As a contractor, you may have heard about personal service companies (or PSCs) but be a little fuzzy on how this trading structure differs from conventional self-employment. 

This guide will help you understand what this type of business is by answering the following:

  • What is a personal service company exactly?
  • What are the advantages of setting up a personal service company?
  • How does using personal service companies benefit clients?
  • How do taxes work for personal service companies?
  • What do I need to do to set up a personal service company?
  • How can Countingup help manage personal service company accounting?

What is a personal service company exactly?

A personal services company is an incorporated business that provides personal services – as the name suggests! Typical examples might include:

  • Accountancy
  • Construction work
  • Trades – electrical, plumbing or gas installations 
  • Hairdressing
  • Graphics design

Pretty much any role that you can conduct as a self-employed individual could be incorporated within a personal services company.

Although this type of venture can take many forms, the usual scenario is that one individual contractor is a sole shareholder and business director and provides the services. 

You can, though, have personal services companies established as a collective trading arm for several consultants or contractors. 

HMRC created the term personal service company (although note it isn’t a legally defined business category) alongside the IR35 legislation launched in April 2021. 

Why are the benefits of setting up a personal service company?

Businesses and clients often prefer to hire contractors or companies over individuals. That’s because it helps to clarify the trading relationship without muddying the waters of potential deemed employment.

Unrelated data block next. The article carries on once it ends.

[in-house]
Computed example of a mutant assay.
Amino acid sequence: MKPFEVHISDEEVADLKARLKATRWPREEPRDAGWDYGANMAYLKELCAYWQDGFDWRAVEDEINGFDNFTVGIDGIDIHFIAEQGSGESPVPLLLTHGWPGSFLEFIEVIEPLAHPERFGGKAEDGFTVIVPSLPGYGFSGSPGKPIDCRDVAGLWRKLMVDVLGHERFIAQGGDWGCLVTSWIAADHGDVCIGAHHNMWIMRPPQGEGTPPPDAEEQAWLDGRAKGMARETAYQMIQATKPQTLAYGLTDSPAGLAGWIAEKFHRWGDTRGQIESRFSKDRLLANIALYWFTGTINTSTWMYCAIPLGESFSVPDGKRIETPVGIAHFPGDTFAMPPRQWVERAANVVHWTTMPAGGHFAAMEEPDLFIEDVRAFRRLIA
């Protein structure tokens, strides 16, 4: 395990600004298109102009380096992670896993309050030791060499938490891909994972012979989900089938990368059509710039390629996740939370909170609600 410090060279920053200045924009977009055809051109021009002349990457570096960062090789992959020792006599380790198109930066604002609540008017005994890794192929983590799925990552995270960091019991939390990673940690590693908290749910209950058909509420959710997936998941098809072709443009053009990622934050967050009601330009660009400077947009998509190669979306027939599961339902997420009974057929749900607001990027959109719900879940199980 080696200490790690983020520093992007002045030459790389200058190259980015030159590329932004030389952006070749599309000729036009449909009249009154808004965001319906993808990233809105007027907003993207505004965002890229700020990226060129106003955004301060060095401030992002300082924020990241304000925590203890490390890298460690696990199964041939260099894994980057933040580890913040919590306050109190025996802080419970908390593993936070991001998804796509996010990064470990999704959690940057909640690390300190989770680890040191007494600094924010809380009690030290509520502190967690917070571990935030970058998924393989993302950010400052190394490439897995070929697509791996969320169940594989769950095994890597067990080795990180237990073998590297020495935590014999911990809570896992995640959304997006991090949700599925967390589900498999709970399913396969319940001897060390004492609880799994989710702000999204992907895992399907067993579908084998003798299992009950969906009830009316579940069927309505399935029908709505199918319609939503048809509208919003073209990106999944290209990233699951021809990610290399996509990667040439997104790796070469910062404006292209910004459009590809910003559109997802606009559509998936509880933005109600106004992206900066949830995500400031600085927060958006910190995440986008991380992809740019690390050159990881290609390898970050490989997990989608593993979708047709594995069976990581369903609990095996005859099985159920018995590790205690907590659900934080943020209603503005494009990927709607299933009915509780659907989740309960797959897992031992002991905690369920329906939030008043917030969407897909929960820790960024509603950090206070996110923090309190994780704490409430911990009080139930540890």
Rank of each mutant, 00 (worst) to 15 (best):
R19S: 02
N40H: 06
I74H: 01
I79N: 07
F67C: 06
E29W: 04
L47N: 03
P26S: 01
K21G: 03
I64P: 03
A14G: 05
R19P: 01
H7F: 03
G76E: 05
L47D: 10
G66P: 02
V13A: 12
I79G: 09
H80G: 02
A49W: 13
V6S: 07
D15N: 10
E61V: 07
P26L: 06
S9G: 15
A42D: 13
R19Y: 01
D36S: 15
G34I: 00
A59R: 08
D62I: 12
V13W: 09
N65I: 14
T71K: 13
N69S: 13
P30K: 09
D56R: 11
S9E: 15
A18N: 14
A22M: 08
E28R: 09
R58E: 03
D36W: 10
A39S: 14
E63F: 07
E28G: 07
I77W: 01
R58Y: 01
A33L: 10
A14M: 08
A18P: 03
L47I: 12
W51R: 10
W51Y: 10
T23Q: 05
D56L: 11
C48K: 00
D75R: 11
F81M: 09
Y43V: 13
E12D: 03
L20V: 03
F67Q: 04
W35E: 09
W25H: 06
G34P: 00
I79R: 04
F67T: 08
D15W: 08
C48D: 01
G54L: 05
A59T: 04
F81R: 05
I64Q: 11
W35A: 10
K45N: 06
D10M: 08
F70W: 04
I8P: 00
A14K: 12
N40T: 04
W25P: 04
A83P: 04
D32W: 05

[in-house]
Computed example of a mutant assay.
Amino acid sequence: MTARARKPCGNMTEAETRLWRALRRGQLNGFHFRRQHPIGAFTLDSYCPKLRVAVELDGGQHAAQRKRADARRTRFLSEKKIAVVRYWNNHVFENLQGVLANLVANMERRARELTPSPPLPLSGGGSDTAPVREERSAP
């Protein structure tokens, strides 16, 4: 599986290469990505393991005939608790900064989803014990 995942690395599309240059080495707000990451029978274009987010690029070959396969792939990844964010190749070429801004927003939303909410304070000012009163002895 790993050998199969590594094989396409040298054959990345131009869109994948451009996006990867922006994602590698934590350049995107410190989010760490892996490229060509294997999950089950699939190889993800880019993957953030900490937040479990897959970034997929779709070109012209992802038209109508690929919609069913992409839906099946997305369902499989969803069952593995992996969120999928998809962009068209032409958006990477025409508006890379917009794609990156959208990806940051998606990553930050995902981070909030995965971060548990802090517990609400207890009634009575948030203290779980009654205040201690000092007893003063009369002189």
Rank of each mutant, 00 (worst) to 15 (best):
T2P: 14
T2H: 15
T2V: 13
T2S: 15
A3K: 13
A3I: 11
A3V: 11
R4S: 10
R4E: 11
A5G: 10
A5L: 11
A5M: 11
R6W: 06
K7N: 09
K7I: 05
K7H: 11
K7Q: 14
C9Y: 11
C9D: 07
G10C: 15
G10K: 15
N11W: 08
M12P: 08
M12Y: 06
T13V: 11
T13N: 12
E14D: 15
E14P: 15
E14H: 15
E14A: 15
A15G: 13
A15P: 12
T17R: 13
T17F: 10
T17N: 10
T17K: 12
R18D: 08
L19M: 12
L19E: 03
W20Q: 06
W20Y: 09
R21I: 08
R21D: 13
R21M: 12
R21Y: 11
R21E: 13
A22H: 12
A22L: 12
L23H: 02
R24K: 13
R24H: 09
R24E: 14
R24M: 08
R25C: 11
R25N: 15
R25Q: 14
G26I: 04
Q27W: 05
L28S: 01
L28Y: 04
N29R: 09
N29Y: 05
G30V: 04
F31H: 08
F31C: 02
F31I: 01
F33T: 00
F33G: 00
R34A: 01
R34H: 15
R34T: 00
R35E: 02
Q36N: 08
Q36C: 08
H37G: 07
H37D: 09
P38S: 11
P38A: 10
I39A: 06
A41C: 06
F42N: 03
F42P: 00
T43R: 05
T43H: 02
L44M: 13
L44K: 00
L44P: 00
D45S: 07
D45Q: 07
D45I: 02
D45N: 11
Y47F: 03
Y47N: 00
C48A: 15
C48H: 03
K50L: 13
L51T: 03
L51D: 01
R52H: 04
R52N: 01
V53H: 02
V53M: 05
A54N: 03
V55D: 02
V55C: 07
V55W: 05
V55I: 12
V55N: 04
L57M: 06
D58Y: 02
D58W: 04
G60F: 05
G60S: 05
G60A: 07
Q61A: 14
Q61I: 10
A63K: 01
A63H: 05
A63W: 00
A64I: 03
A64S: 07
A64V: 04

Deemed employment occurs when a client hires a freelancer or a self-employed contractor, but the working structure is similar to a regular employment scenario.

Therefore, if an employer is deemed to be, in effect, employing an individual, they must account for their tax deductions and National Insurance contributions through their payroll system. 

Inevitably, that makes it more expensive to hire a contractor, although the company isn’t entitled to provide additional employee benefits.

Setting up a personal services company as a contractor means establishing a legal separation between yourself as an individual and your company. It may also provide tax efficiencies, with the option to blend your income between a salary and dividend.

How does using personal service companies benefit clients?

The primary benefit for clients in hiring a contractor through a personal services company is that they steer clear of the requirement to assess freelancers for deemed employment.

Many businesses also hire contractors through an agency to delegate tasks such as vetting candidates and checking their credentials. 

Hiring an individual for a one-off project is simpler, and there is a mitigated risk if something doesn’t go to plan. 

However, if you decide to set up a personal services company, you’ll need to take appropriate steps to avoid reputational or financial damage if a client has cause to claim your business. 

Find out what small business insurance you need.

How do taxes work for personal service companies?

The IR35 amendments aim to avoid contractors working as disguised employees without the flexibility and freedom associated with genuine self-employment.